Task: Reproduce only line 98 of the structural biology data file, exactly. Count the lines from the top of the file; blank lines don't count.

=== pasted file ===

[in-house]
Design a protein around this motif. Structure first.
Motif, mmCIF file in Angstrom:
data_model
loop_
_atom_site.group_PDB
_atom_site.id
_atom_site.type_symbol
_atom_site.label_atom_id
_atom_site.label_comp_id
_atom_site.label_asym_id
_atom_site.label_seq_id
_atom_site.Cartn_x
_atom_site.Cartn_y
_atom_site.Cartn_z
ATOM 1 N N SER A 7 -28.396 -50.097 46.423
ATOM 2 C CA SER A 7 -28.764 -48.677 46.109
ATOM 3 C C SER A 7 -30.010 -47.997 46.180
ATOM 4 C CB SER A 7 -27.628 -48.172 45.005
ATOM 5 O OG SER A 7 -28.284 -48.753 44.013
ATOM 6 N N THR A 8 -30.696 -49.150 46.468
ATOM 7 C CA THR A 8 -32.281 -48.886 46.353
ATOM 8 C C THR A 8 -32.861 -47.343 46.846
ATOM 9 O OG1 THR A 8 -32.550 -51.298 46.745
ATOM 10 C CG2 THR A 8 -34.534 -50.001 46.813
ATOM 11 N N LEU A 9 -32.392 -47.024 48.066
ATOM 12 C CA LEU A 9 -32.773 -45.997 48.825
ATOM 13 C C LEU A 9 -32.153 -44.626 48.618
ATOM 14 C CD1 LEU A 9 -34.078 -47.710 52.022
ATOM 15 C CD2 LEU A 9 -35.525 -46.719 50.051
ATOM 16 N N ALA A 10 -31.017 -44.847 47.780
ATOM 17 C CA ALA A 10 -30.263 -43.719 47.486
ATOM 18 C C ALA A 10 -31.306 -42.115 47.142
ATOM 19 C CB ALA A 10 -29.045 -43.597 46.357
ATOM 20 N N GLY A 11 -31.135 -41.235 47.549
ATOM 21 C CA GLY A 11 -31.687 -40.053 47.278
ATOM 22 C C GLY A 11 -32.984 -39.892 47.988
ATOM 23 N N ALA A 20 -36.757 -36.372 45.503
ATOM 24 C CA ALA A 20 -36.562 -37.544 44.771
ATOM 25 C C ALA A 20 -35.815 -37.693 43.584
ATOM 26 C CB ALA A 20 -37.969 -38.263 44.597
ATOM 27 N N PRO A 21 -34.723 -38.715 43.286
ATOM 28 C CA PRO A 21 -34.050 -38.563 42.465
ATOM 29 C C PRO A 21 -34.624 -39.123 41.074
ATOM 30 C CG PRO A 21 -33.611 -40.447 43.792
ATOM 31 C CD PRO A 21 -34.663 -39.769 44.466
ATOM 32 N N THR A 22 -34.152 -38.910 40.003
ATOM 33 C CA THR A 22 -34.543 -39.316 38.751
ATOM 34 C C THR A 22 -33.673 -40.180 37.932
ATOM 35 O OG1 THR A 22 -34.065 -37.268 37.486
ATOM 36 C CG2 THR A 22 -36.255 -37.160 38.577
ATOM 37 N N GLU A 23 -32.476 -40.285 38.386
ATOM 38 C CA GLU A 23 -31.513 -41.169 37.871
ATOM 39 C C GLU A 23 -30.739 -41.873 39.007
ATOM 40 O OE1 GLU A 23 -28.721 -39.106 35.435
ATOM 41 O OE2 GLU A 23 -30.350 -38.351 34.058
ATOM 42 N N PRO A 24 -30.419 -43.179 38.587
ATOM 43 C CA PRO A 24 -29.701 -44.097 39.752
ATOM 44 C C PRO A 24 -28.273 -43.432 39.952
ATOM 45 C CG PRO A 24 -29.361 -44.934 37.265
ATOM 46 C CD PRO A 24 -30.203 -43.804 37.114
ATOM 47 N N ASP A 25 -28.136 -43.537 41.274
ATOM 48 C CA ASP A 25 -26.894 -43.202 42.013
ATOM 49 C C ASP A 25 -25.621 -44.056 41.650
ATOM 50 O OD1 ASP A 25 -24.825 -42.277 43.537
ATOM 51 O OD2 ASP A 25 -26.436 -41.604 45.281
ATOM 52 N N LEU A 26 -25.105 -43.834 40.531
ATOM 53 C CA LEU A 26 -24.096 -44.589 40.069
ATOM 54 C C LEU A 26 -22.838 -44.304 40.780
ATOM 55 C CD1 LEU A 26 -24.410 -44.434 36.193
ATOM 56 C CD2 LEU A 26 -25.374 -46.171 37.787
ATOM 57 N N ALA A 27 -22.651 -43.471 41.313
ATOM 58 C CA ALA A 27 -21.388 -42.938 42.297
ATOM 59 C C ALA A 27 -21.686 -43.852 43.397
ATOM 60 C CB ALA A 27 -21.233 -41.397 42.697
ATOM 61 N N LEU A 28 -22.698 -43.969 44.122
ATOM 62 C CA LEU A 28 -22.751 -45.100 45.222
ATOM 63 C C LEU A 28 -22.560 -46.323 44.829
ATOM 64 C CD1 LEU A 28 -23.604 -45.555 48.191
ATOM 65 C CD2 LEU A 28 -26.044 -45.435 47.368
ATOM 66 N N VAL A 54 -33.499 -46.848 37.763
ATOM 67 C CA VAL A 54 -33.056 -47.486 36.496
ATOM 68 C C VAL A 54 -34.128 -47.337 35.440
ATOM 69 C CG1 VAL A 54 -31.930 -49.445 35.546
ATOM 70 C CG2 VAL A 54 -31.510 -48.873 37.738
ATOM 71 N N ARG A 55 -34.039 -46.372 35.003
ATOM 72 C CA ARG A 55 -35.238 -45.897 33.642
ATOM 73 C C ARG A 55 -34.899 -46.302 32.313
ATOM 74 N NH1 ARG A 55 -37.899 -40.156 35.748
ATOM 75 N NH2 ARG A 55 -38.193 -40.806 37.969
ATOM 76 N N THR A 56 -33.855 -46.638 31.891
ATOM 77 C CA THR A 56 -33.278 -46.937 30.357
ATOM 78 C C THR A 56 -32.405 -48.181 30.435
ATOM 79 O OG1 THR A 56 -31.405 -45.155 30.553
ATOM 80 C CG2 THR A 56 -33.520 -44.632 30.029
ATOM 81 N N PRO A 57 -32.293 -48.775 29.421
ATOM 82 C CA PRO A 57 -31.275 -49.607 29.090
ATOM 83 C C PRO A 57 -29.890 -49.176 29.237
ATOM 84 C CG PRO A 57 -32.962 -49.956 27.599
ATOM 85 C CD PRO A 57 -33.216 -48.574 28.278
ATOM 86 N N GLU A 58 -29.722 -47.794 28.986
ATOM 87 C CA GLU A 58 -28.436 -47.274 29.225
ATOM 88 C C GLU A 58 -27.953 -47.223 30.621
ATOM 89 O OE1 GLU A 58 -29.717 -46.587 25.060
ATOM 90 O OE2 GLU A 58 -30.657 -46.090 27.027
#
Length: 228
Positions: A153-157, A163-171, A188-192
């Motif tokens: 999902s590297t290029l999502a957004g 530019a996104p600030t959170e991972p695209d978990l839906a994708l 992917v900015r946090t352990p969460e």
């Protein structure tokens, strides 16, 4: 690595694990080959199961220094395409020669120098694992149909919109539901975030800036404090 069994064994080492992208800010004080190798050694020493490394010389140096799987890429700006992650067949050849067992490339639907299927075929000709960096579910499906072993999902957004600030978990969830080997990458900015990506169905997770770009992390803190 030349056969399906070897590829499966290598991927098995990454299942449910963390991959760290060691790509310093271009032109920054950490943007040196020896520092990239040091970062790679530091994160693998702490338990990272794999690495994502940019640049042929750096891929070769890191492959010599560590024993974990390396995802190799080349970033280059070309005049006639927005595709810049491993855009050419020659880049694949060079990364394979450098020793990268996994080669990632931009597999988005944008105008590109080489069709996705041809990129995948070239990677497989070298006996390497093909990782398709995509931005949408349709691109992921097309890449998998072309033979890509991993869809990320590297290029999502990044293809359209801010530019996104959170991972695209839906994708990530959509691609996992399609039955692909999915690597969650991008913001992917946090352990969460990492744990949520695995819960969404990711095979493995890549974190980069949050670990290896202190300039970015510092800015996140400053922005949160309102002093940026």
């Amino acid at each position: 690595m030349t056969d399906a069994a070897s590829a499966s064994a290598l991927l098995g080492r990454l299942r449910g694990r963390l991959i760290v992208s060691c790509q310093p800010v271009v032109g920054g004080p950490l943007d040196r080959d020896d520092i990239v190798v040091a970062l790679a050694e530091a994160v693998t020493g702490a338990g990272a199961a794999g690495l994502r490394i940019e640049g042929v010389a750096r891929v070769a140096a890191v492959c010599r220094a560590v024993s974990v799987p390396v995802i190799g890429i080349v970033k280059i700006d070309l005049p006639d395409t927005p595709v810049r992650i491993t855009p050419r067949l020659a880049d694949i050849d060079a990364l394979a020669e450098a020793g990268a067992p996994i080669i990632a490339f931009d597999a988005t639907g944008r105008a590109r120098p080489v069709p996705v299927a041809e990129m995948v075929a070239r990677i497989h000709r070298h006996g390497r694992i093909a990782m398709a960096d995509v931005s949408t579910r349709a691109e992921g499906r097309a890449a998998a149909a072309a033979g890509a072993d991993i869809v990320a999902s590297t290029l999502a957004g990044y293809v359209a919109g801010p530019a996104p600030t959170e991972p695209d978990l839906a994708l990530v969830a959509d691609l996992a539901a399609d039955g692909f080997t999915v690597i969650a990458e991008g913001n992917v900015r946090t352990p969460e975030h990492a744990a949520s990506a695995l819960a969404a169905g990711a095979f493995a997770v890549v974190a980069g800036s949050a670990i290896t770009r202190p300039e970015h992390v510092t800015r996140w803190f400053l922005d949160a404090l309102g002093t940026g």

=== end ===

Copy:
ATOM 83 C C PRO A 57 -29.890 -49.176 29.237